Friday, May 2, 2014

Sarah's Light

There are so many people we encounter in this journey of life. “Little” Sarah was one who was in mine for too brief a time and yet, I learned so much from her. Though she no longer resides on this earth, her light continues to shine brightly in my life and those she touched so joyously. Lessons we all can learn.

Be original.
Sarah was very un-assuming. And by that, I simply mean that she was okay with who she was and whose she was. She easily stood out from the crowd by not pressing her way in. She sought the gifts God gave her and was happy in her uniqueness.
Romans 12:6 “We have different gifts, according to the grace given to each of us.”

Be fearless.
For a short time, we had a kitten. Most of the kids were not too keen (aka afraid) to play with him and didn’t quite understand why I would pick him up and pet him. One day, I found Sarah running in circles around the living room being pursued by the cat. In her hand was a string. She was just laughing and laughing. If the cat got too close to her, she’d drop the string and run away … but she came back and began the game all over again, leaving her fear behind.
1 John 4:17-18 (The Message) “God is love. When we take up permanent residence in a life of love, we live in God and God lives in us.  .... There is no room in love for fear. Well-formed love banishes fear. Since fear is crippling, a fearful life—fear of death, fear of judgment—is one not yet fully formed in love.”

Be joyful.
Whether she was doing her task by herself or having fun with her sisters, she was usually smiling. Sometimes, when I greeted her, she would look over, raise her eyebrows and pretend not to greet me back (her way of teasing me!), but inevitably, that smile would break out and she could not contain the joy bubbling over. She’d just laugh!
Psalm 4:7 “You have put more joy in my heart than they have when their grain and wine abound.”

Live abandoned.
One of my favorite times in Uganda was worship time. Every evening at 6:30, the drums would begin, singing and dancing ensued and the whole house came together as one to worship. Many of those nights, I would simply watch as the kids raised their hands, bowed down, fell to their knees. It is truly a sight to behold. Sarah worships in abandon to her Lord. Eyes closed tight, one hand reaching toward Heaven, one hand covering her heart. She loves Him and He loves her.
Psalm 24:3-6 “Who shall ascend the hill of the Lord? And who shall stand in his holy place? He who has clean hands and a pure heart, who does not lift up his soul to what is false and does not swear deceitfully. He will receive blessing from the Lord and righteousness from the God of his salvation. Such is the generation of those who seek him, who seek the face of the God of Jacob.”

Love God.
I know that many of my friends do not. Some don’t believe in God, or maybe believe in a “Higher Power”, but can’t understand why I serve God. A blog will not change your mind. But I pray that one day all will know how big and how great the love of God is and love Him in return. Sarah did. These are her words (taken from a letter she wrote before she died): “God loves you so much. God wants you to be his.”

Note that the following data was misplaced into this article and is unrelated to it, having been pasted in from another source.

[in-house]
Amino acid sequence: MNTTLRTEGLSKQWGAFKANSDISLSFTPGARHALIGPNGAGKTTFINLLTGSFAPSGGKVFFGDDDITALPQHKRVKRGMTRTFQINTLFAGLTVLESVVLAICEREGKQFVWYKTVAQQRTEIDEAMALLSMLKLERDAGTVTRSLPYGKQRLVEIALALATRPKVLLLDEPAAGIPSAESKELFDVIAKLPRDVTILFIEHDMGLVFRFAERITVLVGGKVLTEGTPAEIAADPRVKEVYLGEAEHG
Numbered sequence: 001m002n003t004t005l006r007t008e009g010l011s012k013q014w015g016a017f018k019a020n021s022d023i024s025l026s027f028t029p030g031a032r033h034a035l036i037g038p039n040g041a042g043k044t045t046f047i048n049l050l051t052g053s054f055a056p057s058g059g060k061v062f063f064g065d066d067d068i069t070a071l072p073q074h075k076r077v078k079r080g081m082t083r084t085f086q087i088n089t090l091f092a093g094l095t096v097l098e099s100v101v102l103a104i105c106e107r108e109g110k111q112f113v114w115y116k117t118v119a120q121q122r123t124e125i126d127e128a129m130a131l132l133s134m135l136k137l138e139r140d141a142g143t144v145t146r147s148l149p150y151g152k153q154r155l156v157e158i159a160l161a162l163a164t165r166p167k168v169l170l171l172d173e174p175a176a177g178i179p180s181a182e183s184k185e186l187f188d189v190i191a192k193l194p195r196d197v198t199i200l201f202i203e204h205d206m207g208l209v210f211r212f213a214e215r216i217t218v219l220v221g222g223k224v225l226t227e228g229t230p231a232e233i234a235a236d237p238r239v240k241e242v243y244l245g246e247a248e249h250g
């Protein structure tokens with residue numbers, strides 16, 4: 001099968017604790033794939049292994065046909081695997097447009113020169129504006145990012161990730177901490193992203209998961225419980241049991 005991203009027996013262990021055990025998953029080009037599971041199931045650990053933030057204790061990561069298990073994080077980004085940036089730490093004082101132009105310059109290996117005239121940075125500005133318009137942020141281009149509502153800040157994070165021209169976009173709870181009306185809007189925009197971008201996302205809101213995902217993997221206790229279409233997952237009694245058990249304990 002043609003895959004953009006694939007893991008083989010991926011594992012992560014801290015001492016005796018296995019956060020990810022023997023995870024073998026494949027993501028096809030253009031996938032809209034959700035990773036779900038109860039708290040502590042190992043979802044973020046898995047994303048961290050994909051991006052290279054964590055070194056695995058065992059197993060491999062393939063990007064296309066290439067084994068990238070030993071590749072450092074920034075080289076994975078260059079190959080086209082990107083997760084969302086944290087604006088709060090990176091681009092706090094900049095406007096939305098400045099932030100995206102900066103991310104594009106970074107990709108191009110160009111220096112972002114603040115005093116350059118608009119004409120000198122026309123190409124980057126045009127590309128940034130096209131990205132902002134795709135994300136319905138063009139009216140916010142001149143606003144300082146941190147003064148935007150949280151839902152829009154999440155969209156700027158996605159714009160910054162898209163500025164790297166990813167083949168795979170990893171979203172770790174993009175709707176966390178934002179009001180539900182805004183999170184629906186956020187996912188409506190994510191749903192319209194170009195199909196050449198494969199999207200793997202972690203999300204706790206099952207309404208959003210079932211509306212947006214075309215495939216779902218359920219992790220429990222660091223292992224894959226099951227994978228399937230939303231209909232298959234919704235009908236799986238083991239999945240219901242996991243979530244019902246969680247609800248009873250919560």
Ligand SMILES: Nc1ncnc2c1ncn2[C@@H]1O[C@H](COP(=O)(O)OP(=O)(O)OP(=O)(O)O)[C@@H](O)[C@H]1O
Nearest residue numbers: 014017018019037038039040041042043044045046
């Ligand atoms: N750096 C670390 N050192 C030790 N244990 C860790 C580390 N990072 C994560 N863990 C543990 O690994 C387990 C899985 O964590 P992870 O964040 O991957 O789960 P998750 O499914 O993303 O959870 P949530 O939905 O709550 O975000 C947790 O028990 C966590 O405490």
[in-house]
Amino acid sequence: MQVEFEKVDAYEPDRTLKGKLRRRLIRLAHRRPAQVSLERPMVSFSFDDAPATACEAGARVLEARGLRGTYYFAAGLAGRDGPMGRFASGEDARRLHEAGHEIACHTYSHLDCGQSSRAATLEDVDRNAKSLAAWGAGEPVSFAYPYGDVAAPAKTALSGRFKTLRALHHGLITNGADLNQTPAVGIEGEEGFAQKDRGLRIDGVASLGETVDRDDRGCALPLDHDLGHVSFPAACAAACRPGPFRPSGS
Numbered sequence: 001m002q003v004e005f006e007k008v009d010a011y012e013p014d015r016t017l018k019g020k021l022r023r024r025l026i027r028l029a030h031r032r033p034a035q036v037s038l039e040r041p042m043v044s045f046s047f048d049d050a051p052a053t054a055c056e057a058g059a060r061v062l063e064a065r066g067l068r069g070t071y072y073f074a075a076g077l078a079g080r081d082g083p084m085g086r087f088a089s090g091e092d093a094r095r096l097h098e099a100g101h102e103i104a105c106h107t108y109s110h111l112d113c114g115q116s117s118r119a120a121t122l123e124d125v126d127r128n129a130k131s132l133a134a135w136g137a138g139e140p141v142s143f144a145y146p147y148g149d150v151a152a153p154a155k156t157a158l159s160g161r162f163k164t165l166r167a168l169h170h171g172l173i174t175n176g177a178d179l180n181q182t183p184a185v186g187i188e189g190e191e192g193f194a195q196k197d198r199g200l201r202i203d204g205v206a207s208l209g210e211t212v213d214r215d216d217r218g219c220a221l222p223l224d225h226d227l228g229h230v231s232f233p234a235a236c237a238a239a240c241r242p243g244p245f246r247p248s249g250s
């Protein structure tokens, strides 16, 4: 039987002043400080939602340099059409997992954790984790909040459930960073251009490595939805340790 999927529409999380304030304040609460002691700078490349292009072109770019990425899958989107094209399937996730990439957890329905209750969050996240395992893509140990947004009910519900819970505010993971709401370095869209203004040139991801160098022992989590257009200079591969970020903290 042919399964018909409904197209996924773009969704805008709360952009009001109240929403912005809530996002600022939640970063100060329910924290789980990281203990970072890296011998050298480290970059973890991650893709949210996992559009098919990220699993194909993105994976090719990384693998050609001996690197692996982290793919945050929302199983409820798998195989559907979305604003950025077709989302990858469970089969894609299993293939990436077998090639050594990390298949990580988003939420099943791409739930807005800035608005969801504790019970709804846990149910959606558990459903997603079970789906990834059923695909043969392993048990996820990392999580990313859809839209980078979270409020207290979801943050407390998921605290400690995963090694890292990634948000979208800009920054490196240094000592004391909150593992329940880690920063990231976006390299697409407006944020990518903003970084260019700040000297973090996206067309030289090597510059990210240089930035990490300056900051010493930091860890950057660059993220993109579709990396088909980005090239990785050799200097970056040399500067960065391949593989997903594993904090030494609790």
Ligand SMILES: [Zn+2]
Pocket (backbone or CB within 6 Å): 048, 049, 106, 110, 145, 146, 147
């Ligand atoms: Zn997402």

Jeremiah 31:3 “… I [the Lord] have loved you with an everlasting love; I have drawn you with unfailing kindness.”

I know that she is free from any claim of this world, safe in the arms of Jesus, but my heart aches for her earthly loss. I will never again see her smiling face, hear her joyous laugh or have the pleasure of watching her grow into an amazing woman. These are the struggles we face. Those of us left on this earth. In our human sorrow, may we submit to the peace of God, who lovingly holds out His hand in comfort ... as Sarah dances and sings with the angels.

May her light shine bright as we remember her sweet spirit.

Photo Credit: Shannon Murphy.

Sunday, August 5, 2012

Calling All Brides

I think this tiara totally goes!

As some of you may know, my friend Mama Sarah got engaged at the end of last year. It’s very exciting!! On Saturday, us “girls” journeyed to the showgrounds for the Bride & Groom Expo. Even Uncle George, Mama Sarah’s fiancĂ© came; though I joked with him all day about grooms being N.I.D. (not into details), to which he jokingly agreed! Haha!!

I’ve never been to a Bridal Fair before, never having been a bride myself, so it’s with an impish smile that I went to my first one here in Uganda! Booths with gowns, jewelry, centerpieces, photographers, music, etc. And our favorite ... cake tasting, of course!

Now I'm going to share with you prizes for best booths!

1st place winner: “Catch Him and Keep Him”, offering marital counseling to the woman who wants to keep her man, now that she’s caught him. Isn’t that hysterical?! The founder and CEO also gave a workshop, which we attended and it must be said that Mama Sarah and Aunt Ina (her sister) could not keep a straight face!!

2nd place winner: “The Wedding Crashers Band”. There was no one actually in the booth, so I can only assume they went to crash a wedding somewhere that day!

3rd place winner: Monaco Cosmetics. Legitimately, this store sells skin care products and make-up and they were offering a 20% discount. I couldn’t help myself and bought a set of MAC make-up brushes. I won’t make you jealous by telling you how much I paid!

4th place winner: Photo, Etc. The CEO was so amazing! And her work was great – all my photographer friends would love it! She had these little digital booklets, something I have never seen in the states before. She sells a package where the bride and groom get 8 of these small booklets. It’s such a great idea to give to parents and grandparents!!

And last but certainly not least was the fashion show! Bridal gowns, tuxes, even flower girls (with one heck of a catwalk strut) stepped out on the runway. It was really fun to see the different gowns by local fashion designers. That is until one of the runway lights sparked and the fire that ensued had me running from my seat. There was no way that I was going down in an electrical fire in Uganda! Thankfully, the fire stayed contained in the one can light and was then extinguished. No one was hurt.